November 26, 2008 / 12:27 AM / 11 years ago

Cave bears killed by Ice Age, not hunters: study

OSLO (Reuters) - Giant cave bears froze to death during the last Ice Age in Europe about 28,000 years ago, according to a study on Wednesday that cleared human hunters of driving them to extinction thousands of years later.

The skull of an extinct cave bear in an undated image. Giant cave bears froze to death during the last Ice Age in Europe about 28,000 years ago, according to a study on Wednesday that cleared human hunters of driving them to extinction thousands of years later. REUTERS/Joint Genome Institute/Handout

The largely vegetarian bears, weighing up to a ton and bigger than modern polar bears or Kodiak bears, apparently died off as a sharp cooling of the climate led to a freeze that killed off the fruits, nuts and plants they ate.

The bears vanished 27,800 years ago, or about 13,000 years earlier than previously believed, the scientists in Austria and Britain said in a study of bear remains using radiocarbon dating including at hibernation sites in the Alps.

“There is little convincing evidence so far of human involvement in extinction of the cave bear,” they wrote in the journal Boreas. Some past reports have suggested that the cave bears’ demise was linked to over-hunting.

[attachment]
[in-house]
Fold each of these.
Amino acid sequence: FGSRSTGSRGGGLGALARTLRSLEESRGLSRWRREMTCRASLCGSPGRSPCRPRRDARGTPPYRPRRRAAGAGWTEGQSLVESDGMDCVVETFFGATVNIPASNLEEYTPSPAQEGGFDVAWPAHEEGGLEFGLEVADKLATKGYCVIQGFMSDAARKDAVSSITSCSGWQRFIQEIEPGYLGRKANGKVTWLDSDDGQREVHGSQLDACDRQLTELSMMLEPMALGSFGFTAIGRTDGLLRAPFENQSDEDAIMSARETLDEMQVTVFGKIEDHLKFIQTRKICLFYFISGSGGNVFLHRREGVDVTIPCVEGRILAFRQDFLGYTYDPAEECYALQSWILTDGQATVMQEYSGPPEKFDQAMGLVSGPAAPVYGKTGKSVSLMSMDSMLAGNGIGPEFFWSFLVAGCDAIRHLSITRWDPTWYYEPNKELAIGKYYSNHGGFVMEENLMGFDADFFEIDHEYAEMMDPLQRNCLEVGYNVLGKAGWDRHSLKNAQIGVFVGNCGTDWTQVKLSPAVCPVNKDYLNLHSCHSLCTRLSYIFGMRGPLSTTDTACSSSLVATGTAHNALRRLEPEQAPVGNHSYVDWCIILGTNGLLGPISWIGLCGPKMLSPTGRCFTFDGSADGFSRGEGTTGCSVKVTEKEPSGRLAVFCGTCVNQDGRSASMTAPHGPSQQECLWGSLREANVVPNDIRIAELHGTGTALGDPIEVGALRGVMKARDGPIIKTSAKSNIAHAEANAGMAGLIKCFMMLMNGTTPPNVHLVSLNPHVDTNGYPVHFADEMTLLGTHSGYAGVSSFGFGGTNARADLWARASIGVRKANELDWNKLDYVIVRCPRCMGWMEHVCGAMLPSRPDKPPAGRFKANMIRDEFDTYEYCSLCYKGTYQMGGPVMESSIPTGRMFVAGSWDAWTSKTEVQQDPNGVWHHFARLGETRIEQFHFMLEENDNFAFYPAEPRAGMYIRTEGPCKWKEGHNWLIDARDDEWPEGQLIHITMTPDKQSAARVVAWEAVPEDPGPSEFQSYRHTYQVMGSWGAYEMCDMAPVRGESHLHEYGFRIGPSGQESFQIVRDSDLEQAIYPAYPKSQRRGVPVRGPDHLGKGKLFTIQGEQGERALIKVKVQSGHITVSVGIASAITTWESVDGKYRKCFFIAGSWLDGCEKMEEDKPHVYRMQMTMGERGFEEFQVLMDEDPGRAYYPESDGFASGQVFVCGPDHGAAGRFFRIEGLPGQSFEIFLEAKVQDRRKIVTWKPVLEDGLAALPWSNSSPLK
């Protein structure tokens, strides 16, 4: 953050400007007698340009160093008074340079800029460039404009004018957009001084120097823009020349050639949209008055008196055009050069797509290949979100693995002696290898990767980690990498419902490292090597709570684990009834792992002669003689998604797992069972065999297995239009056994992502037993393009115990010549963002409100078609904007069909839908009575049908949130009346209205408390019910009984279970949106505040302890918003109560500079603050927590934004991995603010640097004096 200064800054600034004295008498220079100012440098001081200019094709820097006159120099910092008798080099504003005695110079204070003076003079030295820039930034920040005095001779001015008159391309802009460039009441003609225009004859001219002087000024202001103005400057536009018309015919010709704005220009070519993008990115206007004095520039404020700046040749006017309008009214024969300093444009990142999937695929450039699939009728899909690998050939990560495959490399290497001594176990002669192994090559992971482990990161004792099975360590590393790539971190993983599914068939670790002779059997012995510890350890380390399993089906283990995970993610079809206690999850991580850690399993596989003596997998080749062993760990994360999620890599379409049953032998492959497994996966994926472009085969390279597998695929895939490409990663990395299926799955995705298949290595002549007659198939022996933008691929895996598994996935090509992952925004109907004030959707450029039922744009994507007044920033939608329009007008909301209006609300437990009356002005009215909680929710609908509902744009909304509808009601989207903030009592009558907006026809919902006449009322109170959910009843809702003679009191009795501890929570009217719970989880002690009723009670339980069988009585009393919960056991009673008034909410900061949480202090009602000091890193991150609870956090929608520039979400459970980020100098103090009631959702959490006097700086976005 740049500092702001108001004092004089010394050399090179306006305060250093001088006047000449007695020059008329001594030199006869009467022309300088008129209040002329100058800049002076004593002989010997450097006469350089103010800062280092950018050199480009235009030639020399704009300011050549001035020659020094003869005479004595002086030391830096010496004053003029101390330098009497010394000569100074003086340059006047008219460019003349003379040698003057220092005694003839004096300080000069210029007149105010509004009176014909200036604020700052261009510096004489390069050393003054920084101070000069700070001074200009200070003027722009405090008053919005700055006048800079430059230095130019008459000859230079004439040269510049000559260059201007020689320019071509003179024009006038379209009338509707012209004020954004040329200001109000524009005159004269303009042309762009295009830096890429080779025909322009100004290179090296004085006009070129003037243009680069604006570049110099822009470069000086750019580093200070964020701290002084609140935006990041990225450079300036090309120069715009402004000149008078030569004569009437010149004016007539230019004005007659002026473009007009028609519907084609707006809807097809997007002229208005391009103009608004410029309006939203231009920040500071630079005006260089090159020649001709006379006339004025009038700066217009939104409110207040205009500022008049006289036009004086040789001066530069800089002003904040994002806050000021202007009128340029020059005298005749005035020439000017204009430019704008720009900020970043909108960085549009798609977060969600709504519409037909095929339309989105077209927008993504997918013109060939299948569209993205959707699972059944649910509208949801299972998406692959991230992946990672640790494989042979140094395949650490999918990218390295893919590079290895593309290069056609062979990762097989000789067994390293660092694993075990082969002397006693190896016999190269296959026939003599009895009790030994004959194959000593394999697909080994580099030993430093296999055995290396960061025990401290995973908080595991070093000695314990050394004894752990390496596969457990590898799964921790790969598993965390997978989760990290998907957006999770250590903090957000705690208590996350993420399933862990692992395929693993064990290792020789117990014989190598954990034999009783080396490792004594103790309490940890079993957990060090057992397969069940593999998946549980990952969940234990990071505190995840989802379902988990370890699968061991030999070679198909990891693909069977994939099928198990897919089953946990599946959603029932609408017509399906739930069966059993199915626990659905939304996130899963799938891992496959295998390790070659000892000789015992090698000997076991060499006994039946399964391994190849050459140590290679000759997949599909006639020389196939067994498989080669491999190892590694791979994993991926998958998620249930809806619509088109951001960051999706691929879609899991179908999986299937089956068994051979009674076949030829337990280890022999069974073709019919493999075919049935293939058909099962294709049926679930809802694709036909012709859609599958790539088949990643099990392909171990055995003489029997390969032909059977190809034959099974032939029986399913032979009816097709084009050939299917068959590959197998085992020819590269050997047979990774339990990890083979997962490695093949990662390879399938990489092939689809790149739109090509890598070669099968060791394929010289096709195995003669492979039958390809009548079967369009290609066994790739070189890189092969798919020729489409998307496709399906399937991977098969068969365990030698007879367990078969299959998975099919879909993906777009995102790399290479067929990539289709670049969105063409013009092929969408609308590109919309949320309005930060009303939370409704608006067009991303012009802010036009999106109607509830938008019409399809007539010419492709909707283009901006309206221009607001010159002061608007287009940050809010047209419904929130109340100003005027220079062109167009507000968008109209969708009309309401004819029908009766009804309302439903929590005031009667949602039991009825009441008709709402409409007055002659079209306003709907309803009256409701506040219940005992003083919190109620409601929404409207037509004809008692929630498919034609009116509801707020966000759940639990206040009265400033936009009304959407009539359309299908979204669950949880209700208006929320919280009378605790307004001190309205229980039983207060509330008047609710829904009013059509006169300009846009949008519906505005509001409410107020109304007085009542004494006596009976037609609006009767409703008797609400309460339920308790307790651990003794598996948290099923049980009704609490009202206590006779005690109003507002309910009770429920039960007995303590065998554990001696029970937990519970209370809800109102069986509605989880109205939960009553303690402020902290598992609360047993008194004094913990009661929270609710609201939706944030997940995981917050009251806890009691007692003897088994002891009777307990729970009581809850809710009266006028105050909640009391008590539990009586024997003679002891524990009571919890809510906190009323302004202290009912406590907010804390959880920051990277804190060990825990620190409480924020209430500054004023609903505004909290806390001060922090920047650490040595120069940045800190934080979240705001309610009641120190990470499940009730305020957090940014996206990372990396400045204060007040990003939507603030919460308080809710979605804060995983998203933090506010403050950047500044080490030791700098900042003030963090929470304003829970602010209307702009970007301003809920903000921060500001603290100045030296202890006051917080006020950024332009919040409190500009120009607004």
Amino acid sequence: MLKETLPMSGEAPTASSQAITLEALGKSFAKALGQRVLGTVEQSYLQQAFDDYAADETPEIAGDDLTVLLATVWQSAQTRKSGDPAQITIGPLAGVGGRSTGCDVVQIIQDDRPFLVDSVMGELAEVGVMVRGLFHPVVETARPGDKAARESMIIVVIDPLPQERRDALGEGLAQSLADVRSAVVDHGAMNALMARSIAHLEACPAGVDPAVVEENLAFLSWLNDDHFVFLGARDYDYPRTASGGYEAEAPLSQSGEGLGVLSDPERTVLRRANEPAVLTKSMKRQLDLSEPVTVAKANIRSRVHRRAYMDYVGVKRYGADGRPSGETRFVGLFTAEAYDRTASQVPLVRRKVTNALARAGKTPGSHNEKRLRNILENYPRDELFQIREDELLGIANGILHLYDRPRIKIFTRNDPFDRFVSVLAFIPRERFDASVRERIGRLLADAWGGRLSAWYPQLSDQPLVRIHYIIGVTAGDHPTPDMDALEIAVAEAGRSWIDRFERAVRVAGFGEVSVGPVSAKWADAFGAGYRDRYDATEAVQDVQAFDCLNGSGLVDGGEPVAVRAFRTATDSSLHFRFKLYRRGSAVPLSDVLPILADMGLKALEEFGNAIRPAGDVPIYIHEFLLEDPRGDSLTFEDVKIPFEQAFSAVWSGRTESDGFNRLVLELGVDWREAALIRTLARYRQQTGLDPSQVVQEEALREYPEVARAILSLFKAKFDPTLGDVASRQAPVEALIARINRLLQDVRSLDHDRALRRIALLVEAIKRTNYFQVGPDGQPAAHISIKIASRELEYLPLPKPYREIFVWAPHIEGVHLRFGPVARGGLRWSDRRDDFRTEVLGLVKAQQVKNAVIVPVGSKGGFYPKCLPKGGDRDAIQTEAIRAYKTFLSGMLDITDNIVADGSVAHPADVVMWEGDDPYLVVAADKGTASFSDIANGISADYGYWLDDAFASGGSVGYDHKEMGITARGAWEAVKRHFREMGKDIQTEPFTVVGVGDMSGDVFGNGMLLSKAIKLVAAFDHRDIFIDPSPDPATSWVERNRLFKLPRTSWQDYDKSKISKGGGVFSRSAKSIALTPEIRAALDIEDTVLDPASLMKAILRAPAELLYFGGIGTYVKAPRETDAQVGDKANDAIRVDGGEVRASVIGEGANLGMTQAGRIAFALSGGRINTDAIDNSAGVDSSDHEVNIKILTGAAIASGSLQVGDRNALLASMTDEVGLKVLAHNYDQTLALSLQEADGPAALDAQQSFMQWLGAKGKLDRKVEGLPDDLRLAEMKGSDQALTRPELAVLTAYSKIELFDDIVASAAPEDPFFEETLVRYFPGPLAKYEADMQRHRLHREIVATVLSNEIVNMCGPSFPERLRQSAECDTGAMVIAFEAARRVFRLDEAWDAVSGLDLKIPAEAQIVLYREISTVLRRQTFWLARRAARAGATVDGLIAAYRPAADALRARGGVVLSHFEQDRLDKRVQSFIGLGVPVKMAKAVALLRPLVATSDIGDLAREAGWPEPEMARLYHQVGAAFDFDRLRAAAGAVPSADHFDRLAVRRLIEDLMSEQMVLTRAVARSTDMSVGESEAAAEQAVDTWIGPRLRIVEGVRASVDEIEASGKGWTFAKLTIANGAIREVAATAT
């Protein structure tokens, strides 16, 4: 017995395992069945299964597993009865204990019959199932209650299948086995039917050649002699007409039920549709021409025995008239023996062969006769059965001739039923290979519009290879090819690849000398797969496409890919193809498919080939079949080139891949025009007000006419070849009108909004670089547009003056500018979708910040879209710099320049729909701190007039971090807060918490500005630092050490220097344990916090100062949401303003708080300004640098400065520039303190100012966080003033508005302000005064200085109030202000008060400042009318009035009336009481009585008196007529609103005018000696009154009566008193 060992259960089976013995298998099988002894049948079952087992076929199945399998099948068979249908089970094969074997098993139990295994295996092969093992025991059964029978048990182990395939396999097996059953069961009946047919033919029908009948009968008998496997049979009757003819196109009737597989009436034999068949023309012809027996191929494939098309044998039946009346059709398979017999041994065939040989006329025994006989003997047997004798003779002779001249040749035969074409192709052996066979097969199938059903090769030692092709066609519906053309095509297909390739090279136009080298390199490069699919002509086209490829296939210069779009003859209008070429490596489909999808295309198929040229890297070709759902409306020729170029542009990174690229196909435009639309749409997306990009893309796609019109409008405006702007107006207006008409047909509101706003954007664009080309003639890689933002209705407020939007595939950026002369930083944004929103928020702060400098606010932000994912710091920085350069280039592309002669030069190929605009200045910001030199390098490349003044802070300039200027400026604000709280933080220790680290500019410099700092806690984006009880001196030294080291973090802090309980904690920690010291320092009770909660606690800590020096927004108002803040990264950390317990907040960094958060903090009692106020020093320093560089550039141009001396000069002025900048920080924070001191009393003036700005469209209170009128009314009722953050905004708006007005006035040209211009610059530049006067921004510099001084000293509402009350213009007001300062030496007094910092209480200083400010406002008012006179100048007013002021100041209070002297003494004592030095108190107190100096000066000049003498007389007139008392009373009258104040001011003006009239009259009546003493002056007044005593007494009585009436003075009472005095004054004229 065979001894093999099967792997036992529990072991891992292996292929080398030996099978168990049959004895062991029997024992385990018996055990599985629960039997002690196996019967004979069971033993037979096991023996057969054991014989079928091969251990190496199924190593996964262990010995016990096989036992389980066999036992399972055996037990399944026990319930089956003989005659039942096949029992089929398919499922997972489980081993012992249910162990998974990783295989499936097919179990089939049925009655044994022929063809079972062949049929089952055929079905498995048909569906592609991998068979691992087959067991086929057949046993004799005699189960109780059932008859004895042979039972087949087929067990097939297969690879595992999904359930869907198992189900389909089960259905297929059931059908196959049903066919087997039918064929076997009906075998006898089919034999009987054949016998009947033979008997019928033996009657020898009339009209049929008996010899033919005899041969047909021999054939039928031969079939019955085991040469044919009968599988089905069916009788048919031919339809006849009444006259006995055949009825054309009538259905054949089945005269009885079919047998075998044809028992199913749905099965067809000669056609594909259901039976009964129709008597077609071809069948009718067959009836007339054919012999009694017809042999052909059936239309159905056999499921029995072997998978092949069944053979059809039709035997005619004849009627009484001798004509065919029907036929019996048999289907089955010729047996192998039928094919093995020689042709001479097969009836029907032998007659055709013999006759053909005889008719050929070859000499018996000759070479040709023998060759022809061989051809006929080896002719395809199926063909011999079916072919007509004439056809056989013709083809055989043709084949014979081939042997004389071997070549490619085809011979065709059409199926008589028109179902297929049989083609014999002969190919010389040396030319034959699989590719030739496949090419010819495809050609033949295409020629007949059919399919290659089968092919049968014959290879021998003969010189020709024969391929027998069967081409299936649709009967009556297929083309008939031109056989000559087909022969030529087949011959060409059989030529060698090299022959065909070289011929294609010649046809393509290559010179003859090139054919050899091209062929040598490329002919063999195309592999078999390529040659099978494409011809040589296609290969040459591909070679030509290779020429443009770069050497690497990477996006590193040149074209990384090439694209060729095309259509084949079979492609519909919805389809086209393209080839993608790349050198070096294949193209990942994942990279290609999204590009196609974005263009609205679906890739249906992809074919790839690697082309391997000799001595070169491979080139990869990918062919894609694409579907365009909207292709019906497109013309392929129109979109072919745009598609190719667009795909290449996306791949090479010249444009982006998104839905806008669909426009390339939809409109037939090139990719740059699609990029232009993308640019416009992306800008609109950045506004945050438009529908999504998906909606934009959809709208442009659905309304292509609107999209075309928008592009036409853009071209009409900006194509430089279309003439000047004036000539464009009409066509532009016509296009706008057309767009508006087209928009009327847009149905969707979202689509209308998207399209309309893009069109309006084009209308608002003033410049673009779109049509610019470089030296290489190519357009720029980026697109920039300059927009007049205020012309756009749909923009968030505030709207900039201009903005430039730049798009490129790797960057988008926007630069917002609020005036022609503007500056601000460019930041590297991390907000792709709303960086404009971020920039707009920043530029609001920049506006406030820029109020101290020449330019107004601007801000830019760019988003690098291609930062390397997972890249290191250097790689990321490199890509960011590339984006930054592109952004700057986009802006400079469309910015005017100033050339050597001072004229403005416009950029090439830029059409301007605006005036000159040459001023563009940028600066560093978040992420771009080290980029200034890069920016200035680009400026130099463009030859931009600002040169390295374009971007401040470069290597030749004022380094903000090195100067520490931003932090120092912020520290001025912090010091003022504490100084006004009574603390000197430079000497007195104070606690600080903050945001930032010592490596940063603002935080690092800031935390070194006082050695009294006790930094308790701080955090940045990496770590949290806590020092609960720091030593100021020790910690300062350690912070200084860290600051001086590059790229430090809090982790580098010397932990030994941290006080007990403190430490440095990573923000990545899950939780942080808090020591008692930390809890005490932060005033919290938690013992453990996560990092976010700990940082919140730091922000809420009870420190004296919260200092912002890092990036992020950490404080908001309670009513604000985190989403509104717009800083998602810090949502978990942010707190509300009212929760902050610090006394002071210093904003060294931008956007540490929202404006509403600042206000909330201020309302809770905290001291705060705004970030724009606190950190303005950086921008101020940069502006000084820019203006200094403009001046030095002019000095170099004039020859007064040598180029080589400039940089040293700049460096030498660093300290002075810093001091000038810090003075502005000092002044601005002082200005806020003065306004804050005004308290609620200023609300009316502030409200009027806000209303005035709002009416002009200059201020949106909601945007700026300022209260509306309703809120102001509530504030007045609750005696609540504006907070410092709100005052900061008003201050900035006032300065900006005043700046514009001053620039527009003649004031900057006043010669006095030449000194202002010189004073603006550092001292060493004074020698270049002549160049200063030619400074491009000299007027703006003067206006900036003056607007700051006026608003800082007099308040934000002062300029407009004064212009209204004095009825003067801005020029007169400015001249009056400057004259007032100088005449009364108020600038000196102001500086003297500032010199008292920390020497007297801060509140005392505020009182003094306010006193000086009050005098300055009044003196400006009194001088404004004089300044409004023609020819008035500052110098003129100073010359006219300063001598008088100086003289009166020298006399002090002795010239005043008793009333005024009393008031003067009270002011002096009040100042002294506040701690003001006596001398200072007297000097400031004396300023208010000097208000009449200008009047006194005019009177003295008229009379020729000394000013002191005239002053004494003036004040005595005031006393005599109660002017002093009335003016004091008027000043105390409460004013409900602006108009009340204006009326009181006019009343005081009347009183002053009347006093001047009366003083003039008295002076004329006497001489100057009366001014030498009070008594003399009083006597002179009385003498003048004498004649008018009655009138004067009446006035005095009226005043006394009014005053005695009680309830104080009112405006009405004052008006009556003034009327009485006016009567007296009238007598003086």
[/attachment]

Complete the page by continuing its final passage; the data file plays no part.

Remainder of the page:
Cave bears ranged from what is now Spain to the Ural Mountains, and were one of several large creatures — such as the woolly mammoth, woolly rhinoceros, giant deer and cave lion — to vanish during the Ice Age that ended 10,000 years ago.

“Our work shows that the cave bear ... was one of the earliest to disappear,” Martina Pacher, one of the co-authors at the University of Vienna, said in a statement.

“Other, later extinctions happened at different times within the last 15,000 years,” she said. Previous studies had errors in dating samples and sometimes confused remains of cave bears with those of brown bears, which still survive.

“A fundamental question to be answered by future research is: why did the brown bear survive to the present day, while the cave bear did not?” said Anthony Stuart, the other author at the Natural History Museum in London.

Answers might involve differing diets, hibernation habits, geographical ranges, habitat and perhaps hunting by people, he said.

(For Reuters latest environment blogs click on: blogs.reuters.com/environment/)

Editing by Richard Williams

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